“With Luiz Inacio “Lula” da Silva’s narrow victory over president Jair Bolsonaro in Brazil—the two-time former president defeated the incumbent by a 1.8 percent margin (50.9 to 49.1)—the Latin American left has completed its strategic dominance over the region’s seven largest countries.
In the 2000s, much was made of Latin America’s so-called “Pink Tide,” which began with Hugo Chávez’s first electoral victory in Venezuela (1998) and da Silva’s first term in Brazil (2002–2006). There followed an unprecedented rise of left-wing governments across the region. However, there were still important holdouts at the time; Mexico and Colombia didn’t veer left at all; Chile maintained its post-Pinochet social democracy; Peru’s original “Pink Tider,” Ollanta Humala, initially scared the markets in 2011 but proved to be mostly moderate in power.
By late 2022, however, hard leftists—often in cahoots with local communist parties—had handily won the last elections in each of these countries and in Argentina, which returned to Peronist Kirchnerism in 2019. Bolsonaro was the last right-winger standing”
“In conversations with voters at an early-voting location in Virginia Beach, the economy weighed far more heavily than the attack on the Capitol. While jets from a nearby Naval Air Station roared overhead, those coming and going from casting their ballots didn’t view January 6 as a factor. Mike Malbon told Vox that he had voted for Kiggans. Although he had never voted for Luria, he described himself as a swing voter who had voted for Trump, Obama, and George W. Bush. Malbon said his vote was based on the fact that he was “just not really happy with what the Democrats were doing.” When asked if he’d thought about January 6 while voting, Malbon said, “I’ve thought about it for sure. I probably would never vote for Trump again, I would have otherwise.”
Melinda Salmons, who said she was voting for Kiggans because she thought Luria was in Nancy Pelosi’s pocket, echoed this. When asked about Trump, she told Vox, “Donald Trump doesn’t affect me one way or another. The man is not running. I’m like a lot of people, I like what my pocketbook says. I do not like what he says.””
“As a psychological anthropologist, my team and I have conducted new research showing the idea that the “system is rigged” is gaining ground among Americans of all political persuasions. That’s been particularly true post-2020, as Covid-19 shook the world, calls for racial justice became louder and a contentious election ended with a violent insurrection. It’s a dynamic that offers real opportunity for progressives. This rhetoric — if deployed in a way that doesn’t simply fuel despair — offers a blueprint for countering right-wing populism while providing the crucial fixes needed for our society.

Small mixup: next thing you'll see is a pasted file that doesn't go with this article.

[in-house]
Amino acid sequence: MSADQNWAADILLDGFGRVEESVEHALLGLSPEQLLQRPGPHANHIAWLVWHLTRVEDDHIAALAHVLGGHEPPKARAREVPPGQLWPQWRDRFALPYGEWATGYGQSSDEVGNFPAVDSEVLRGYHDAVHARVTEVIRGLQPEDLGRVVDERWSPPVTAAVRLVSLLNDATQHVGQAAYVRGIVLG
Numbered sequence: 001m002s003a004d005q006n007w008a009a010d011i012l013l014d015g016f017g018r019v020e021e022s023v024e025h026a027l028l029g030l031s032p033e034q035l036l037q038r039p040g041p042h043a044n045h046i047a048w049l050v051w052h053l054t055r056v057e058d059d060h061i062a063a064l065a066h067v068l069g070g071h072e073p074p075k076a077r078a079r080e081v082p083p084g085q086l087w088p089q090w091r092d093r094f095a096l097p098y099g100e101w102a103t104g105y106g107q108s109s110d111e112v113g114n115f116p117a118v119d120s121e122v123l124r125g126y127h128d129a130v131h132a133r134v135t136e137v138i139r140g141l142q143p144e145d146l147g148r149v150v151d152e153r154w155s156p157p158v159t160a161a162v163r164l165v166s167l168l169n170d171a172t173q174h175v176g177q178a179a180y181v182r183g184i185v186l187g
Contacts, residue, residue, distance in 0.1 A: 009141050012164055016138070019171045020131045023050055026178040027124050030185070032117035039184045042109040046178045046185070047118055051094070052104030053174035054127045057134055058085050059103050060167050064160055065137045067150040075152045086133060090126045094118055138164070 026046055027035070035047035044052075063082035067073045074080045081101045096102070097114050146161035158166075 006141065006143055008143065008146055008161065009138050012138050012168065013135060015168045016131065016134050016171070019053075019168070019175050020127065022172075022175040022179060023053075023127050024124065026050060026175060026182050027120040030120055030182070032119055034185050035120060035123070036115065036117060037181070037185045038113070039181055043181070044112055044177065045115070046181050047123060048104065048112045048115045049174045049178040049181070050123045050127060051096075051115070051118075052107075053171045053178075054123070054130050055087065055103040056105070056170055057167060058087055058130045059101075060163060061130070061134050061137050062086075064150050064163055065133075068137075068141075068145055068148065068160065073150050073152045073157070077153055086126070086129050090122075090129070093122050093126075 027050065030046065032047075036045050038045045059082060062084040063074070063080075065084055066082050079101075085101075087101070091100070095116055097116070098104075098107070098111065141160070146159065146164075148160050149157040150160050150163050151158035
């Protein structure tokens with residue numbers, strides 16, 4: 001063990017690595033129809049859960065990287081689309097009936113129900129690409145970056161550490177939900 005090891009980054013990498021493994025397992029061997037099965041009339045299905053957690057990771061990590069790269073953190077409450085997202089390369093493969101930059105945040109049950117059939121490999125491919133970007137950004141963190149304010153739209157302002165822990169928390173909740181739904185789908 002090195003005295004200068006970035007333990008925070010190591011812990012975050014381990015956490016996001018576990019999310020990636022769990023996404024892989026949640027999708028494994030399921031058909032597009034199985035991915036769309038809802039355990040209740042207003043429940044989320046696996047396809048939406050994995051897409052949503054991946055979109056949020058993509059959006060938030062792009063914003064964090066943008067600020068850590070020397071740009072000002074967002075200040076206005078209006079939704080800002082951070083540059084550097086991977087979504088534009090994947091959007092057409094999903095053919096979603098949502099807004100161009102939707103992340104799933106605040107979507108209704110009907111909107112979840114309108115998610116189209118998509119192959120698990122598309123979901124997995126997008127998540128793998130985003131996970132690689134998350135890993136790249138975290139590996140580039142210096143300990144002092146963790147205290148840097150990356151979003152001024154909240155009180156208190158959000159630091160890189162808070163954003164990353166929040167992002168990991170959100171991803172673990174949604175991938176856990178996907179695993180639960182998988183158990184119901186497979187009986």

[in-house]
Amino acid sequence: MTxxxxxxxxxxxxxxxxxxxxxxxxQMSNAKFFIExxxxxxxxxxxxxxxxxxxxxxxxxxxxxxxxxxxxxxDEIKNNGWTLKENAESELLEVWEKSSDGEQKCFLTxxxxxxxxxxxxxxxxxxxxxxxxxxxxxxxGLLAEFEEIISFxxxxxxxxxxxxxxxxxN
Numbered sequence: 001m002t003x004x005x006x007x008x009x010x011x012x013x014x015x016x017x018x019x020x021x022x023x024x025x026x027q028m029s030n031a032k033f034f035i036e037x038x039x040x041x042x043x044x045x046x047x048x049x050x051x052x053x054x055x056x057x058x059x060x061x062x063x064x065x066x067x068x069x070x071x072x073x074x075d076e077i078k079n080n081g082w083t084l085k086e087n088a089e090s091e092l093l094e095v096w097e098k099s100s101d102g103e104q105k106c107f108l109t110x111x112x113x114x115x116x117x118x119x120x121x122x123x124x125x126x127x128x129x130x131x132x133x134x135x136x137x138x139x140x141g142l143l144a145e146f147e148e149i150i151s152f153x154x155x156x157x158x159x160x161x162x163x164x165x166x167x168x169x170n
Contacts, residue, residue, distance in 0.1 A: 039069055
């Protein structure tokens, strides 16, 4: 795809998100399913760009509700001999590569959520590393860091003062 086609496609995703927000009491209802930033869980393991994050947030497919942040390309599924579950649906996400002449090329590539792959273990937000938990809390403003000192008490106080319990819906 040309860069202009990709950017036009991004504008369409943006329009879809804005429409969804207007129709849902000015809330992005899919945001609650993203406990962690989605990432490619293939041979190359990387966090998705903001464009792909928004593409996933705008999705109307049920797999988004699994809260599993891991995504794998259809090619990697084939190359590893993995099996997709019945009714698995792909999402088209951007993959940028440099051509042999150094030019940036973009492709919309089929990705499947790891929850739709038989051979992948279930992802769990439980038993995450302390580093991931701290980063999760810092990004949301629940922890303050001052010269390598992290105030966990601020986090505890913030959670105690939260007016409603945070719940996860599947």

Progressives already recognize the role systems play in determining opportunities and outcomes in the United States. Acknowledgment that institutions shape our lives can counter a tendency toward individualism and foster thinking that favors inclusion, justice and community. As an example, “systemic thinking” moves the conversation about poverty from one focused on individual deservingness to one about opportunity. More systemic thinking can also help people understand that environments influence our health outcomes, leading to greater support for safe housing and affordable child care and health care. “Systems” thinking can similarly help us see how racism is embedded in the criminal legal system — from harmful police incentives to over-patrolling of Black neighborhoods to cash bail.”
“Of course, there are also traps and dangers in acknowledging and feeding the narrative that the system is rigged, which is one reason why some progressives have shied away from this approach. Americans across the political spectrum feel the system isn’t working, but they aren’t always sure what the system is, who is rigging it, or how. This leaves system-is-rigged thinking open to manipulation and cooptation. The left may see a chance to critique corporate power and redesign the system for more equitable outcomes. But the right has used this narrative to push the story that government systems are rigged to benefit minority groups at the expense of “ordinary” Americans, leading to the spread of the racist replacement theory and reinforcing the view that government is part of the problem.”
“To channel the public’s thinking in productive directions — and show that the system is rigged while demanding that the system be reformed — progressives must consistently fill in four crucial gaps: What system is being rigged? Who is rigging it and how? What impact does this have on specific groups of people and our country more broadly? And, most importantly, how can we “un-rig” these systems that aren’t working?”